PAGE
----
Lack of Lawyers, Information Present Major Challenges in Rural Georgia

Nicki Vaughan (J.D. ’94)

Nicki Vaughan (J.D. ’94), a public defender in the Northeastern Circuit of Hall and Dawson Counties, agrees that “the real challenge is in South Georgia and the far reaches of North Georgia.”

Tara Vogel (J.D. ’14), a staff attorney out of the Macon office of the Georgia Legal Services Program, bought a new car after she graduated from Georgia State Law two years ago.

The car now has 30,000 miles on the odometer.

Vogel has a lot of face-to-face time with her windshield before she can get face-to-face time with impoverished clients in rural Georgia.

Access to Justice Issue“I feel bad for my car,” Vogel chuckled.

She feels worse for her clients in rural counties who have to deal with, among other things, loss of government benefits, one-sided lease agreements with landlords and predator loans. There are also proof of identity snafus in rural areas of the state because many prospective clients were born with the help of a midwife and may have incorrect birth certificates, or none at all.

Contrast that with Main Street in a larger Georgia city — turn any direction and you are likely to see an attorney’s shingle.
The local economy plays a role in the scarcity of lawyers in the rural area. In Mitchell County, which is south of Albany, 32.6 percent of residents are considered impoverished, according to 2014 U.S. census figures. In Calhoun County, it’s 38.7 percent.

“I don’t think there is enough business to sustain a large number of attorneys in some rural counties,” said John Gee Edwards (J.D. ’02), a personal injury/criminal defense attorney in Valdosta.

A circuit-rider like Vogel is critical to the state’s judicial system. She can have showdowns with state entities in court, but much of her time is spent educating citizens on their rights.

“Access to information is an issue in rural areas,” Vogel said. “People don’t know where to turn, so they don’t even try. People will go to court without a lawyer or not even go to court, which ends up hurting them even more.

“You see so many people going to the library to use the Internet because they don’t have it at home, and they are trying to find any information they can. The librarians don’t know how to help them. The court clerk can’t help them because they cannot give legal advice. So a lot of people feel shut out, like no one wants to help them, like no one cares about them.”

Access to justice is an issue on both the civil side, where those going to court may not be entitled to a lawyer, and on the criminal side, where defendants typically do have a right to an attorney.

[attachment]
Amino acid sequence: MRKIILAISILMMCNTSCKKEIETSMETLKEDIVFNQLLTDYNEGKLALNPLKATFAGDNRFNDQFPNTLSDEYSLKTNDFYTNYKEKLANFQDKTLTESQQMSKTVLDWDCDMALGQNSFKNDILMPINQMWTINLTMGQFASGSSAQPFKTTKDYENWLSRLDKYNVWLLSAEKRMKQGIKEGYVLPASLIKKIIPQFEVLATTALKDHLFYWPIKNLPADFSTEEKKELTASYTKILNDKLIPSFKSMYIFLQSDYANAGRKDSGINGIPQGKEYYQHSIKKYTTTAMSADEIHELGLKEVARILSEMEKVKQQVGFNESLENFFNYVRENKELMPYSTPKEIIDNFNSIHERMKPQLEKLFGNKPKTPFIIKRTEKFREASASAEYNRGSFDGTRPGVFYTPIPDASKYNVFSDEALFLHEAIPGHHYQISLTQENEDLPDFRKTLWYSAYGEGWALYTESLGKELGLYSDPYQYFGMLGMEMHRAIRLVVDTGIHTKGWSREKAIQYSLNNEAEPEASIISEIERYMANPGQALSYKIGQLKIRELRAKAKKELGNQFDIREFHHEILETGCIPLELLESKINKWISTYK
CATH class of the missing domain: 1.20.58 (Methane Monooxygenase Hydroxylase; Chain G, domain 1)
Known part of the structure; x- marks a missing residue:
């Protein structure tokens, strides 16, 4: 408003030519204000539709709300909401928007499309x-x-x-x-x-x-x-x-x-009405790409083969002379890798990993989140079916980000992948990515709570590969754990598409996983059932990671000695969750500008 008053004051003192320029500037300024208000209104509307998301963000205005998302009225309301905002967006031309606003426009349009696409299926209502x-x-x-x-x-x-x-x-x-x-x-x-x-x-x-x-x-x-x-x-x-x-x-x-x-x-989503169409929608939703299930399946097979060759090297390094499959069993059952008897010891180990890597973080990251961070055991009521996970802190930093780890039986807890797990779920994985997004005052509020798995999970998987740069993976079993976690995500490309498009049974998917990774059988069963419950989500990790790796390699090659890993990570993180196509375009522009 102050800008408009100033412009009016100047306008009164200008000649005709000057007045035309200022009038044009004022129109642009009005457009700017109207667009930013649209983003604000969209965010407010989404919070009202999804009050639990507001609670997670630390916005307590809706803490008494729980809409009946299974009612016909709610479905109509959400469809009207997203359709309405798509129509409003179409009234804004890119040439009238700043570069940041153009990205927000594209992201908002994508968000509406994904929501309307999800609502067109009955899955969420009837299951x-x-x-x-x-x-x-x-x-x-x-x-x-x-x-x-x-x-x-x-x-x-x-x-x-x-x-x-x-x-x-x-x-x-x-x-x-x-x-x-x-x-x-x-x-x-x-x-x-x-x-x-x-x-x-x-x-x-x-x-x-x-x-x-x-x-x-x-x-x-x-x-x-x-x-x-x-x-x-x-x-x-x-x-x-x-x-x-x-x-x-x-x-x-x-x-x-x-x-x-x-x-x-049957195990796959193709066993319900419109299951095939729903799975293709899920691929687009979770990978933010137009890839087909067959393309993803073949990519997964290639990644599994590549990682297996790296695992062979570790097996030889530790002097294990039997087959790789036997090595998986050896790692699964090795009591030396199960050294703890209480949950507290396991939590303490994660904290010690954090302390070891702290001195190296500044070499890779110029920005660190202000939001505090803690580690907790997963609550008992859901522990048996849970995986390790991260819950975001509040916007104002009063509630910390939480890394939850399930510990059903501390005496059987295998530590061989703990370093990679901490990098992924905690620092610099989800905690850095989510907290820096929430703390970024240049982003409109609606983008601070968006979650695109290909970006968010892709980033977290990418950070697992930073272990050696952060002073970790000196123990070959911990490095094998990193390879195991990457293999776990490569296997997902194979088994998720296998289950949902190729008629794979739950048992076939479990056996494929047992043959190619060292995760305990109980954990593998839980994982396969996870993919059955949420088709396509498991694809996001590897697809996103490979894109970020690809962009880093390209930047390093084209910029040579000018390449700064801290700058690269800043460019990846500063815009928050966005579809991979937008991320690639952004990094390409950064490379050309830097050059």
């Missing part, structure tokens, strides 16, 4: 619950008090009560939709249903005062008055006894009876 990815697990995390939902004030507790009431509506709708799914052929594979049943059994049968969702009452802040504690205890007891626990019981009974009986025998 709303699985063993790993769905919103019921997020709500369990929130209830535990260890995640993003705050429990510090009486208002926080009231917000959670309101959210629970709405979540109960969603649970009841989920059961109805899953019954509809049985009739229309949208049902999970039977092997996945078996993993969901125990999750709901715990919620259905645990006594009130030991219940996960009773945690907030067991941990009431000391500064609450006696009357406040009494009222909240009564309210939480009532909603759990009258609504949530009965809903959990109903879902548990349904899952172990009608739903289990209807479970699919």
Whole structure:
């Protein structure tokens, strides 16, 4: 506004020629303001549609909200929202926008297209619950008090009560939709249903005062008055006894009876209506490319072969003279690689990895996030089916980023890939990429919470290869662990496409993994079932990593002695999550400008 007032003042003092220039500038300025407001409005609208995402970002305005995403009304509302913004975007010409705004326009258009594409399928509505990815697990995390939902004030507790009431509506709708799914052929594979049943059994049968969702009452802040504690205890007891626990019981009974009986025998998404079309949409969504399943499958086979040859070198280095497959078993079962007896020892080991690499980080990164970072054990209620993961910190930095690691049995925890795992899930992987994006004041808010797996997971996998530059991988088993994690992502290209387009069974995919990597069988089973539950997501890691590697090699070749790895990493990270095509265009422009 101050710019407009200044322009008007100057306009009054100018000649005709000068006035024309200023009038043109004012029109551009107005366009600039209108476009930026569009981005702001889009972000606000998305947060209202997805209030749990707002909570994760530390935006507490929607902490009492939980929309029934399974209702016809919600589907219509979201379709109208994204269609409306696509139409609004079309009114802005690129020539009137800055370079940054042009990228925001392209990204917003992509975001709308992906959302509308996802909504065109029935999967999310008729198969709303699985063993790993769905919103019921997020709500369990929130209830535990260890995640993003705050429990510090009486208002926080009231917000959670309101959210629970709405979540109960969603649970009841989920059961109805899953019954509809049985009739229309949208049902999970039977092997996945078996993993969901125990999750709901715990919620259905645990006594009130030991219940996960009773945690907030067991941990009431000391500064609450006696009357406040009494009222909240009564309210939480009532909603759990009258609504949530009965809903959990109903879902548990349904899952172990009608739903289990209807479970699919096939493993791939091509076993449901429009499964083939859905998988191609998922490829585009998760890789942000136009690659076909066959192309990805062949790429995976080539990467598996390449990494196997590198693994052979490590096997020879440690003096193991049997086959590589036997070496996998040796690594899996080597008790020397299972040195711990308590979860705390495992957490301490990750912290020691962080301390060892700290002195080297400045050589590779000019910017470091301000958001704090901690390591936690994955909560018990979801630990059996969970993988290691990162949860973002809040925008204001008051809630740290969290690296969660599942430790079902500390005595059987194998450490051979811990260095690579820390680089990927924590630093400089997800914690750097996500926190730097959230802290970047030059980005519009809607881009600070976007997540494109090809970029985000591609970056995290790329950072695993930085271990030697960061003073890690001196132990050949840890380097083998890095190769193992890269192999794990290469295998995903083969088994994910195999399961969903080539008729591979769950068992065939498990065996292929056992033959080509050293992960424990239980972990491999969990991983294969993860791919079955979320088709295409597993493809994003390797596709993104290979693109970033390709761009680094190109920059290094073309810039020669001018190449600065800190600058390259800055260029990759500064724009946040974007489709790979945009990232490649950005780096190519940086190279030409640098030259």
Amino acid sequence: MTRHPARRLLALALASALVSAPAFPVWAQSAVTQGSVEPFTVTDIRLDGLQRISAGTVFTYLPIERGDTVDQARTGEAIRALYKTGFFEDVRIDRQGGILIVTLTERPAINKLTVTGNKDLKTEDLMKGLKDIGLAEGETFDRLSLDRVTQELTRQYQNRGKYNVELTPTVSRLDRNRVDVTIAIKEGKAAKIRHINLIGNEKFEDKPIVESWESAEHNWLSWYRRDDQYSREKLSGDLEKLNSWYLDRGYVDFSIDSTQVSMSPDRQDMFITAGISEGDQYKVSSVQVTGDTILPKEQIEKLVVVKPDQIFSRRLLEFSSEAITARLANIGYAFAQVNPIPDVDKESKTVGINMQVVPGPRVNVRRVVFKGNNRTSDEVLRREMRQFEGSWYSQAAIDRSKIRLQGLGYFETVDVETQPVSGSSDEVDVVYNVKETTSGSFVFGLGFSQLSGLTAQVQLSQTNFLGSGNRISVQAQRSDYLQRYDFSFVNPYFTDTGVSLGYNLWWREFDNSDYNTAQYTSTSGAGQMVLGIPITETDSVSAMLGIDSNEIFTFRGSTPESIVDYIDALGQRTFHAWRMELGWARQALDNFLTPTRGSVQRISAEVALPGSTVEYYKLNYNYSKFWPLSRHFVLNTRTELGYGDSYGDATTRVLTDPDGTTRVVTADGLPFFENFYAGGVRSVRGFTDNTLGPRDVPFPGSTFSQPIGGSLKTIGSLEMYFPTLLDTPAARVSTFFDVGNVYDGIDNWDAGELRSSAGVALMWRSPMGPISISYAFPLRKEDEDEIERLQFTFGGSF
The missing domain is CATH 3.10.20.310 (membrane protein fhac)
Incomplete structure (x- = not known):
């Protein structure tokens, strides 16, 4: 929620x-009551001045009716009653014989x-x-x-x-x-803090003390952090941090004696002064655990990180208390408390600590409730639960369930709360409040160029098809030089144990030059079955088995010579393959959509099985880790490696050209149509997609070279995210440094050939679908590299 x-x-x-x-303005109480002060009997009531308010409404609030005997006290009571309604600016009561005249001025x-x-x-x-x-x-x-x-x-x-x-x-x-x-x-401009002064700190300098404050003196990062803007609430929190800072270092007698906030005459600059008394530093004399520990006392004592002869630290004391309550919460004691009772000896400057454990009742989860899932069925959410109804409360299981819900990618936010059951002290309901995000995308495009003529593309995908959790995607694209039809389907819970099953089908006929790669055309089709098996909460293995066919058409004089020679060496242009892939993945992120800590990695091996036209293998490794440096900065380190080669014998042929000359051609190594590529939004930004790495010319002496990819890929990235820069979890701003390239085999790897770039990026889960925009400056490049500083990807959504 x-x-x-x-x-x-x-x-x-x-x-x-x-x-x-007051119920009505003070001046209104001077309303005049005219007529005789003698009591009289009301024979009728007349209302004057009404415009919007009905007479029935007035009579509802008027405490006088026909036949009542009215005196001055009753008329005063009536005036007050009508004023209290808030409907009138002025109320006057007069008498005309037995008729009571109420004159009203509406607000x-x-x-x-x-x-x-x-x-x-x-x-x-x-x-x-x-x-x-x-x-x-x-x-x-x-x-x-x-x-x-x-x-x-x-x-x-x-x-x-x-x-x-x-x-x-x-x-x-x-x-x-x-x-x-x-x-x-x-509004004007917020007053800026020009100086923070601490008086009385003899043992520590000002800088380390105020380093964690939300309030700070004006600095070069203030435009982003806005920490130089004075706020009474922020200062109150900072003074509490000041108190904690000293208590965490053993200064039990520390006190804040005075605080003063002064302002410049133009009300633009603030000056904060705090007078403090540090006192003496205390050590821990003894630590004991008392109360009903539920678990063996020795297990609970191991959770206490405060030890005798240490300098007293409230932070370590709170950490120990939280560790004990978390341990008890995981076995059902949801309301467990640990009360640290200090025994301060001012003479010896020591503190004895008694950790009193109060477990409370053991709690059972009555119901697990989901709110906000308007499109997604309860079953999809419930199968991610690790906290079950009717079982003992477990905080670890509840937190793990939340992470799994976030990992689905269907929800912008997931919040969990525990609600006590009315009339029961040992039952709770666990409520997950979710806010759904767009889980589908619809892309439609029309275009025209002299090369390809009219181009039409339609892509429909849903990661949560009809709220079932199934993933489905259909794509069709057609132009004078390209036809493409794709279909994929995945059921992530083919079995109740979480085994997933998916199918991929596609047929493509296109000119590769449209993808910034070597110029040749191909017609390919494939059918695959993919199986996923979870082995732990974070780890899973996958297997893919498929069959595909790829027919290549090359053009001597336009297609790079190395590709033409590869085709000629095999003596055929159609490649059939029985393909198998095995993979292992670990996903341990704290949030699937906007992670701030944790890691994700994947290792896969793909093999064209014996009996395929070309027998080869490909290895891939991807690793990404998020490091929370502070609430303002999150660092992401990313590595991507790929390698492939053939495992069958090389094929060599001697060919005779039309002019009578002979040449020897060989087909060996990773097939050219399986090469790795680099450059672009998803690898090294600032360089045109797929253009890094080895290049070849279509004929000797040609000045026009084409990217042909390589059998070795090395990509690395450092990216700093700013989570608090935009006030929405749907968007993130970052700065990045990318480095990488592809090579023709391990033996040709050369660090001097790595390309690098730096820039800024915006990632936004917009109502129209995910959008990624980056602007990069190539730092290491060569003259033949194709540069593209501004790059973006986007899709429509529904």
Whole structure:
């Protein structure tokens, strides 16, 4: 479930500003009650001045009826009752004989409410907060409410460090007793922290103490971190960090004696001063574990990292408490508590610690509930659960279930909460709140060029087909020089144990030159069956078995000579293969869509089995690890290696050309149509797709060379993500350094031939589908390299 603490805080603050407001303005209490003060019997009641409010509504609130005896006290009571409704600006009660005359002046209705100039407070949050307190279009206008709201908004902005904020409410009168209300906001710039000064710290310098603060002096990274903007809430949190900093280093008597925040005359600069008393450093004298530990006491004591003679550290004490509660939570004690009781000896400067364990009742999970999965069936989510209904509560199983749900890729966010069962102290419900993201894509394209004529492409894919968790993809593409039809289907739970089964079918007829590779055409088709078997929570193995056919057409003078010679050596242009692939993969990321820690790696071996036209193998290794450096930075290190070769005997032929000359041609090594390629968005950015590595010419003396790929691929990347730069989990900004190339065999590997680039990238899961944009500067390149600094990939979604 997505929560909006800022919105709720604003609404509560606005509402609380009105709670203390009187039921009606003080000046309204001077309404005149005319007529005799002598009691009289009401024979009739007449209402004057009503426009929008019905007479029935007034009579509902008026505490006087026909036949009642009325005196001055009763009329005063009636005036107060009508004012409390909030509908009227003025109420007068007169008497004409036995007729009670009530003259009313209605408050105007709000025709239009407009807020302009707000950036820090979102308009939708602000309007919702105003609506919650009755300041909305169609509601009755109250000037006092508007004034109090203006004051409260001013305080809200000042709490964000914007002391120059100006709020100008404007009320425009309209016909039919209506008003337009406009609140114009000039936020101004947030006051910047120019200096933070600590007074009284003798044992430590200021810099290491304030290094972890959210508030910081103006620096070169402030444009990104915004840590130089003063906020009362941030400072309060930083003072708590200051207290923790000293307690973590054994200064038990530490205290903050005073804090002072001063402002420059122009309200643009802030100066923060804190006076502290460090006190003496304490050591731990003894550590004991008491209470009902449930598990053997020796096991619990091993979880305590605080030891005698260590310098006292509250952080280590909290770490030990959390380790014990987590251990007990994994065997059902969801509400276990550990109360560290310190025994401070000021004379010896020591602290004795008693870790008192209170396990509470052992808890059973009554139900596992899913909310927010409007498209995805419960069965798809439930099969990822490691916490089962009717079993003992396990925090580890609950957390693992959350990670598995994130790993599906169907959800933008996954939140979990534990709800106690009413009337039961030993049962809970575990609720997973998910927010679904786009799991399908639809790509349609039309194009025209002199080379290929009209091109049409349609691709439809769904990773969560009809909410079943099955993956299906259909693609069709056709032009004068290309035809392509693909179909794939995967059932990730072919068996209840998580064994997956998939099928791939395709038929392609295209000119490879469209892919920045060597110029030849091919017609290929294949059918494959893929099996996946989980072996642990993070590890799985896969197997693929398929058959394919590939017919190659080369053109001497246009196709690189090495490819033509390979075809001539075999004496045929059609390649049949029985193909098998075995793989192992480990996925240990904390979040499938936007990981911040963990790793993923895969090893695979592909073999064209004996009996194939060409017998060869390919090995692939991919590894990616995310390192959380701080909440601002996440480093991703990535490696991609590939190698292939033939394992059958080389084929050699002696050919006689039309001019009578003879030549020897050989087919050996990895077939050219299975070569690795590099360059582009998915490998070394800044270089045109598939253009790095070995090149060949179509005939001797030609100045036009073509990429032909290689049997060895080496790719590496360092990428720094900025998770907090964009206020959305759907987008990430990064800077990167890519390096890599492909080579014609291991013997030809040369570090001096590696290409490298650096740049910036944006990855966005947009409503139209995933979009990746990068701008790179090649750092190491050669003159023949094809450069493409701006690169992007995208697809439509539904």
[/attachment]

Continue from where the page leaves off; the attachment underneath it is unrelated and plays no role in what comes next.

Peter Zeliff (J.D. ’98), a criminal attorney in Forsyth County and North Atlanta, is a staunch defender of public defenders.

“I know public defenders in rural areas who are outstanding, and, in fact, they might be the best lawyer in the courtroom, but they don’t have the resources,” Zeliff said. “They are swamped.”

Do rural public defenders have the added burden of politics?

“The honest answer is yes,” Zeliff said. “They have to be diplomatic. They are in a courtroom with a particular judge several times a week. It is harder to be a thorn.”

In a larger system like DeKalb County, which has approximately 57 public defenders, it’s easier to debate in the courtroom, he said.

“My very first job was to be a public defender in DeKalb, and the first thing my employer told me was, ‘Go to court and raise hell.’ I knew exactly what he meant,” Zeliff said.

The driving distance to small South Georgia towns is also a frequent issue. It can make hiring a legal expert prohibitive — 
a luxury really, Edwards said.

“You have to go to bigger cities to find expert witnesses because that is generally where their home base is located,” Edwards said. “I usually go to Atlanta, and I have gone to Florida to look for experts. Travel for an expert is going to add to the cost.”

Nicki Vaughan (J.D. ’94), a public defender in the Northeastern Circuit of Hall and Dawson Counties, agrees that “the real challenge is in South Georgia and the far reaches of North Georgia.” There are several counties in South Georgia that do not have a single lawyer, said Vaughan, who is on the Executive Committee of the State Bar and involved with the State Bar Access to Justice Committee.

The state bar and many legal aid entities are actively working to get more attorneys to those areas of need.

In Atlanta and other metropolitan areas of the state, the large, established law firms are supportive of, and some even require, pro bono work for their lawyers. The task there, Vaughan said, is to get those transactional attorneys, who are accustomed to writing contracts, doing real estate work, banking and other work outside of court, to feel comfortable in a courtroom or to identify work they can do outside of court.

But the majority of the need seems to be in representing people in court, and getting to South Georgia for Atlanta-area lawyers is an all-day venture for which few have the time to expend. “Even if they do it, they can’t do it often,” Vaughan said.

The state bar has made access to justice a major component of its strategic plan and is looking at ways to use technology to connect those who need legal services with lawyers willing to represent clients in areas where access is limited.

“Some counties already have self-help kiosks for obtaining necessary forms, and some courts, including Hall County, offer free legal advice and forms to people in need of family violence protective orders,” she said.

The Gainesville GLSP Office has various dates set for volunteer lawyers to assist people who come in needing help primarily filling out forms for probate matters, which gives its attorneys more time to attend to more complex matters.

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